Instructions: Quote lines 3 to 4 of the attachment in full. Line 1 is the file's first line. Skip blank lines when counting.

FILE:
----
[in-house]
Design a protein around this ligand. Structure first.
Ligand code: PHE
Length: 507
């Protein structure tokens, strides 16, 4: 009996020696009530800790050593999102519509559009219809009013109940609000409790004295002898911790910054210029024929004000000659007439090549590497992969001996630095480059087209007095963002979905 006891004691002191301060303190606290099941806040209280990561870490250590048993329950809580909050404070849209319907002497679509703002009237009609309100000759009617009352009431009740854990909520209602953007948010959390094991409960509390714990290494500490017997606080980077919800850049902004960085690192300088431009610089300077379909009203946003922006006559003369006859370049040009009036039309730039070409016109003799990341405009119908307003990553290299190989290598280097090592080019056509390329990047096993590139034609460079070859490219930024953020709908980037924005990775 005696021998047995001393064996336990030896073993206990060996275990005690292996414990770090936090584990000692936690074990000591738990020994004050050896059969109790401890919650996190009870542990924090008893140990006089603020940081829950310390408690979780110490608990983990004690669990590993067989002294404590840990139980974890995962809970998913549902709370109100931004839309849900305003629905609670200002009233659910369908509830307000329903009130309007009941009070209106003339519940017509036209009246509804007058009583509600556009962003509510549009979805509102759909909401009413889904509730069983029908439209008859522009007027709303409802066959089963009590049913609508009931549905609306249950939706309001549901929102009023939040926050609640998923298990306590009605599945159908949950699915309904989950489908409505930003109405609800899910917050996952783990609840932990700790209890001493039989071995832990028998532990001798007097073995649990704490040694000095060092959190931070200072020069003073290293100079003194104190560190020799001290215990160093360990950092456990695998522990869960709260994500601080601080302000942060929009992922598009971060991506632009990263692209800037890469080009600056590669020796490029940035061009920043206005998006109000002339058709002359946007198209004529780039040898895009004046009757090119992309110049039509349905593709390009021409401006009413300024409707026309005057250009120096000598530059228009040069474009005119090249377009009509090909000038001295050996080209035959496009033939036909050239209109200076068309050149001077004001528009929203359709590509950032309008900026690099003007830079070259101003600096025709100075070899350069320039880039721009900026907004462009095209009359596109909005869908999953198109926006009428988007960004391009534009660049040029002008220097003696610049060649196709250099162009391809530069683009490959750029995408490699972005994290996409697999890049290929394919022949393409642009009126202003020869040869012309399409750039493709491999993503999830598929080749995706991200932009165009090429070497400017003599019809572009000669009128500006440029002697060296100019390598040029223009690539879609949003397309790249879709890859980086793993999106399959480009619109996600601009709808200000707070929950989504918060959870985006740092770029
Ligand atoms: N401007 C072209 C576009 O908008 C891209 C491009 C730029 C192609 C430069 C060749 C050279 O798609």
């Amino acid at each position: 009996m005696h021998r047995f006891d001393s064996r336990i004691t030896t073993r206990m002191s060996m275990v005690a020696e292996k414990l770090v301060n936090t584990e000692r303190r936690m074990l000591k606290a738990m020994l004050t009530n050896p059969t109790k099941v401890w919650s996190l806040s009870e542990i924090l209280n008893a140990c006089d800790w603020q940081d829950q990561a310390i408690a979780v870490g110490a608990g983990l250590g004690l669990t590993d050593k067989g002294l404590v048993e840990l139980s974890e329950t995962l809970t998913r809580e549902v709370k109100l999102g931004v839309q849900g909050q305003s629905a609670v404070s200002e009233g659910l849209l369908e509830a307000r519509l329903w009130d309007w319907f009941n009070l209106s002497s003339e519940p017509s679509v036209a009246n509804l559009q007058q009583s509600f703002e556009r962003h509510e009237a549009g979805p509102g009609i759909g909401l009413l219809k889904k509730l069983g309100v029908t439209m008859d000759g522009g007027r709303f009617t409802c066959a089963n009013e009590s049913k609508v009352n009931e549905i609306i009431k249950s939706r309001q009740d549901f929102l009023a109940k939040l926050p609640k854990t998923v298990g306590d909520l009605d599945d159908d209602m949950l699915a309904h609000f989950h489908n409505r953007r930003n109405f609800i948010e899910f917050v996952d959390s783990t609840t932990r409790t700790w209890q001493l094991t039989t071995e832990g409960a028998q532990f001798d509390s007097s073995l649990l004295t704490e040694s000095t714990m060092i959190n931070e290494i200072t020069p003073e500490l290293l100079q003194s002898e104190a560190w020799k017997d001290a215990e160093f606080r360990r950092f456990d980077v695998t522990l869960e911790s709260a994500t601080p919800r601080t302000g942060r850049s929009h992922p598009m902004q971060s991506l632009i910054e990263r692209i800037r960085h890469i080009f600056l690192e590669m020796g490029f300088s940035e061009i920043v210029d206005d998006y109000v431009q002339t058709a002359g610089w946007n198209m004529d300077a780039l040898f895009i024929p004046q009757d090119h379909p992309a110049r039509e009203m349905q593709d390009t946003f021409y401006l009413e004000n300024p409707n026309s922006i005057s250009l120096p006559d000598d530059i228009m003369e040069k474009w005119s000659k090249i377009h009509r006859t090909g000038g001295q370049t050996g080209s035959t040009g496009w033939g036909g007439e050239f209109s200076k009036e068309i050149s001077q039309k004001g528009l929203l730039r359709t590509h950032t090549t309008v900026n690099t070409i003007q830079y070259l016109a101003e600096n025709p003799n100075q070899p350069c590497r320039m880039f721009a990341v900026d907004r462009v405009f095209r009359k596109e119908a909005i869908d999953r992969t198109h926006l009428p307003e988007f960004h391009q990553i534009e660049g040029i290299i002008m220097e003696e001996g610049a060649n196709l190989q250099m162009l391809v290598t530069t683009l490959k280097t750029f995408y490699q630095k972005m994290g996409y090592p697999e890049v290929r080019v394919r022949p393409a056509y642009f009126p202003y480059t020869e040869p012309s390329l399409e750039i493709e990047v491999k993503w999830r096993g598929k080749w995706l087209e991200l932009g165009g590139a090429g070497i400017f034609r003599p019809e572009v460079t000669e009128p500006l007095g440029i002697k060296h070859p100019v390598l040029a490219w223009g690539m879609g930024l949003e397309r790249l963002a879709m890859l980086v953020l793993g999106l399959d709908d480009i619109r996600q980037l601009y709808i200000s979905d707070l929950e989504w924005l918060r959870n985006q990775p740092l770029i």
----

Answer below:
Ligand code: PHE
Length: 507